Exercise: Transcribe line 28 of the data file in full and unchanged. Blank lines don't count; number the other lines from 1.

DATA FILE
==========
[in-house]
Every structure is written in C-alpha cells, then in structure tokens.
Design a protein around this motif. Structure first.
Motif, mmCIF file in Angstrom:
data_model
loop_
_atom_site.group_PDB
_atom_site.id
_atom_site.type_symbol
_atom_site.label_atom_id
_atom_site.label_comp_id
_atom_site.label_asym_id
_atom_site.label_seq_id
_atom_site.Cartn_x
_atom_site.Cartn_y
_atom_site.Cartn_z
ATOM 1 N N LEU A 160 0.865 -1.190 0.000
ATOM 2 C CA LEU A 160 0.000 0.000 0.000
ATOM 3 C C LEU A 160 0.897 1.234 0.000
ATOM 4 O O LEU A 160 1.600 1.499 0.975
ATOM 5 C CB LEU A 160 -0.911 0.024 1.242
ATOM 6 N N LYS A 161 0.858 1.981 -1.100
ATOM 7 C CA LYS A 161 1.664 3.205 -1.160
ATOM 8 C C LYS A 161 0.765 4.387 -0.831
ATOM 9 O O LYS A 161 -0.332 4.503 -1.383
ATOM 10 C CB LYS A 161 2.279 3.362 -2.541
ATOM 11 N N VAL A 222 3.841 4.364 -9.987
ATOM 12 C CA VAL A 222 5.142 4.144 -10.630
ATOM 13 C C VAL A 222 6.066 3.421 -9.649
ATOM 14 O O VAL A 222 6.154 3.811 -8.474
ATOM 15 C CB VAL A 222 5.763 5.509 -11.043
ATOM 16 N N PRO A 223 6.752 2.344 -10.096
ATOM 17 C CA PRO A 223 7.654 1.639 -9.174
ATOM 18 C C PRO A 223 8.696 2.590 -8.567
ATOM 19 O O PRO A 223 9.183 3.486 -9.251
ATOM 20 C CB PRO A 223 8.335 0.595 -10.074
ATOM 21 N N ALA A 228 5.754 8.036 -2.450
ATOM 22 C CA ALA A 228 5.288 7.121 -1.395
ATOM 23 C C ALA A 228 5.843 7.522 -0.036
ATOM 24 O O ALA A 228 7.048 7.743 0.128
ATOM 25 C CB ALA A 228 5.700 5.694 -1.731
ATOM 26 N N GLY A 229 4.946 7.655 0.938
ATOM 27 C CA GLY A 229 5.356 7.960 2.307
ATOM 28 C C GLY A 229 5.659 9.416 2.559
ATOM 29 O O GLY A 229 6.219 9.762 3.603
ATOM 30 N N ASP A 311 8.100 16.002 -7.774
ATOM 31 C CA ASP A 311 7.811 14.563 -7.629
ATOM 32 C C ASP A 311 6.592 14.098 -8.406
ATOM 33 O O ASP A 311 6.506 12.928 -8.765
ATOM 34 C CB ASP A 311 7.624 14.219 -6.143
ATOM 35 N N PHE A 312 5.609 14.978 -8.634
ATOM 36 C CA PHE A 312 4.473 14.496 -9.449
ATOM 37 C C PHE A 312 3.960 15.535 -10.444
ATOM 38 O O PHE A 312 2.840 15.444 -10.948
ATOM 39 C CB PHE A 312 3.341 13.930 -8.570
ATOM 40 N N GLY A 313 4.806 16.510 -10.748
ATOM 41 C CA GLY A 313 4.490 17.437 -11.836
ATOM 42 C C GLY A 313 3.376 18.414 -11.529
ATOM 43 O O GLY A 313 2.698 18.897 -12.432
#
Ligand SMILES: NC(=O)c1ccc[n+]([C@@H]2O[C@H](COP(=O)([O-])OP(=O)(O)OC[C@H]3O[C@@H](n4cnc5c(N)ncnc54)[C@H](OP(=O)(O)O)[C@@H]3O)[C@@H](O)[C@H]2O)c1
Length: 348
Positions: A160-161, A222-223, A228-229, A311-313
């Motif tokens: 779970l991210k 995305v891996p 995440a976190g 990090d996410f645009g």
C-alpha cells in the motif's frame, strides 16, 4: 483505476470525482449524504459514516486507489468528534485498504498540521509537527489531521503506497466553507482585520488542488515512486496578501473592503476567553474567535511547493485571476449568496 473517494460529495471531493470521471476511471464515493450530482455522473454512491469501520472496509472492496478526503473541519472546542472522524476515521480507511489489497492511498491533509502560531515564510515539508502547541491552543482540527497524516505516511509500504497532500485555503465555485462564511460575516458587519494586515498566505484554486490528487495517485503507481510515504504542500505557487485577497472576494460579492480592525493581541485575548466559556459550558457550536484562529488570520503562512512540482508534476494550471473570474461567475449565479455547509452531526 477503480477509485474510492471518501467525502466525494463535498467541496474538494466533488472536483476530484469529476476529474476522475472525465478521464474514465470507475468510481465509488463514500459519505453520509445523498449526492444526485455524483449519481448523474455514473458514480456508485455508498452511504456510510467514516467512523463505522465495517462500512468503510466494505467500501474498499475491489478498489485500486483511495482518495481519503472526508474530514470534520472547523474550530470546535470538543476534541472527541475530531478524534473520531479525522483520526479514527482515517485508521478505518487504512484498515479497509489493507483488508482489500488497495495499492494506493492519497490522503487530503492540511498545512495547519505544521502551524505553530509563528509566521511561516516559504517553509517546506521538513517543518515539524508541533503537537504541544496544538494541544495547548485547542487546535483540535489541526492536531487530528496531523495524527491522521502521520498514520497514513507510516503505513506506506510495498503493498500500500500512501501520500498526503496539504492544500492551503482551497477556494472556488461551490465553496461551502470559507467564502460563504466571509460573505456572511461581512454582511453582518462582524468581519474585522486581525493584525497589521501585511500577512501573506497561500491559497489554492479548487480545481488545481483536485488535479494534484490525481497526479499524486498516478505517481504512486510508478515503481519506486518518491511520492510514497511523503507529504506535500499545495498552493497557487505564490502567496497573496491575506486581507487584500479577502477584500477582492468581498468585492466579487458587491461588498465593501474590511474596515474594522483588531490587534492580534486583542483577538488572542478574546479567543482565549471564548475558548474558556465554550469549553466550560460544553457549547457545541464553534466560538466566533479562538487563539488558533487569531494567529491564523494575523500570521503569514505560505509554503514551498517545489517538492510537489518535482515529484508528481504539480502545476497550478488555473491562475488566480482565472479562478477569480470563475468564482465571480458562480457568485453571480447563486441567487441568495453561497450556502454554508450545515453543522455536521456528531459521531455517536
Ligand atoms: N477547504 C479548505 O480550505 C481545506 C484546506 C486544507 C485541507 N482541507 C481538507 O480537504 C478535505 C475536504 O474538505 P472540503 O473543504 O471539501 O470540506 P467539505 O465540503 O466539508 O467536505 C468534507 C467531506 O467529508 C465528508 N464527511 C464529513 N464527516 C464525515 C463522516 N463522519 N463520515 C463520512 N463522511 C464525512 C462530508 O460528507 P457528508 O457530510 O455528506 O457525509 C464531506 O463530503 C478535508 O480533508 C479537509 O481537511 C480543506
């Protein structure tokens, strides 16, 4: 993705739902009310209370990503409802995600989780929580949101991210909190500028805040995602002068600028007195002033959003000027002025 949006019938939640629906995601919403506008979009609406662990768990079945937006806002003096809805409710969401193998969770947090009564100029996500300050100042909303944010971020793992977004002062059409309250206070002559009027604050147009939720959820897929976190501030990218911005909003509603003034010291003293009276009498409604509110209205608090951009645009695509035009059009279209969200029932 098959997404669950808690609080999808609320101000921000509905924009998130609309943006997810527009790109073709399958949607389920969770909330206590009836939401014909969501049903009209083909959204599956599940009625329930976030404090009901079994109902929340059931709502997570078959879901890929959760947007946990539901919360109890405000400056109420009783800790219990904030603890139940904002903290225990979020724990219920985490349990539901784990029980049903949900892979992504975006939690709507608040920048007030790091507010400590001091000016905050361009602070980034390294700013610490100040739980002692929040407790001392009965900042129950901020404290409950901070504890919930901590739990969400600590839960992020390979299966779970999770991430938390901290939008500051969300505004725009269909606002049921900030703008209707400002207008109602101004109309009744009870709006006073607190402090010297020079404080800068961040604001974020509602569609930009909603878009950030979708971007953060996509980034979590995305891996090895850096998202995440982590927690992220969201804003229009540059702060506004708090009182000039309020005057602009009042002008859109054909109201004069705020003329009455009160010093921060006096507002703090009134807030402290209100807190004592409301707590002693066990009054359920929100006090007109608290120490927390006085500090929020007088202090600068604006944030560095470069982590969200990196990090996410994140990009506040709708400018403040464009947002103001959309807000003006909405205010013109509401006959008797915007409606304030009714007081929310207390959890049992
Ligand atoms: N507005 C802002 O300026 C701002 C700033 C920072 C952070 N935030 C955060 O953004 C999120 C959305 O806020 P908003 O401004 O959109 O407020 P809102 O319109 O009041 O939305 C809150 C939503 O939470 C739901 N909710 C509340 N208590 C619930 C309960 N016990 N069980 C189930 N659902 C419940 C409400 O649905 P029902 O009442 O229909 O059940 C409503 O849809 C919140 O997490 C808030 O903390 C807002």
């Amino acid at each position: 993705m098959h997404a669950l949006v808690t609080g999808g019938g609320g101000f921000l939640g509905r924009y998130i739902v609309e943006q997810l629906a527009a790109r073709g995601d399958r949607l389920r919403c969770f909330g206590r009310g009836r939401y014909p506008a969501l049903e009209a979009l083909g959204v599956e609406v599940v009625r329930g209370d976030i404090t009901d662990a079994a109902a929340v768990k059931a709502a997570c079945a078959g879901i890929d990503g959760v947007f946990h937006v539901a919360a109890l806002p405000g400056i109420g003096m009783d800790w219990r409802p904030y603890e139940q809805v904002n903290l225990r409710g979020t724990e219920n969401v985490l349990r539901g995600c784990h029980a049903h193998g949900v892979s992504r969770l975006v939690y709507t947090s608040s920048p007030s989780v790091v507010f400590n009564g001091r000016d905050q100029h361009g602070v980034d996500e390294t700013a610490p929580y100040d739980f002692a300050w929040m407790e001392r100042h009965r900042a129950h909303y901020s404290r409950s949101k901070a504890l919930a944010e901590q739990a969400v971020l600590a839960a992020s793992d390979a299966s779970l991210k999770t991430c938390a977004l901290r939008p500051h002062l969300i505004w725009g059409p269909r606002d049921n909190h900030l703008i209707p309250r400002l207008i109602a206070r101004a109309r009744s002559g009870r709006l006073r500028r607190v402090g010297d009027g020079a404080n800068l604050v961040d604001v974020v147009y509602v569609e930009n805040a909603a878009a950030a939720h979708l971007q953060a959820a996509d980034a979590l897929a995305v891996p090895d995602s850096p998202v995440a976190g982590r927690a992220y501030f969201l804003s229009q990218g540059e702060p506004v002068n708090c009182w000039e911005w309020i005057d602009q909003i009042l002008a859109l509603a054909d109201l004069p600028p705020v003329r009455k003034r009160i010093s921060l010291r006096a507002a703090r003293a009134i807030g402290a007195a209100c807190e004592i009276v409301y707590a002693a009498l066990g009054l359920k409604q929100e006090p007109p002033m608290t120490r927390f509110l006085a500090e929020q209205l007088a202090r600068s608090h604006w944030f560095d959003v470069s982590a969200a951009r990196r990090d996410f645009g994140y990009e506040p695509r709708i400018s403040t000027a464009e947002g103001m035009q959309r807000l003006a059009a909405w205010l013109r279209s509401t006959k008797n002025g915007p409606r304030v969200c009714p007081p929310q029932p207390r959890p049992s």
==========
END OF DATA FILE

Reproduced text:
ATOM 12 C CA VAL A 222 5.142 4.144 -10.630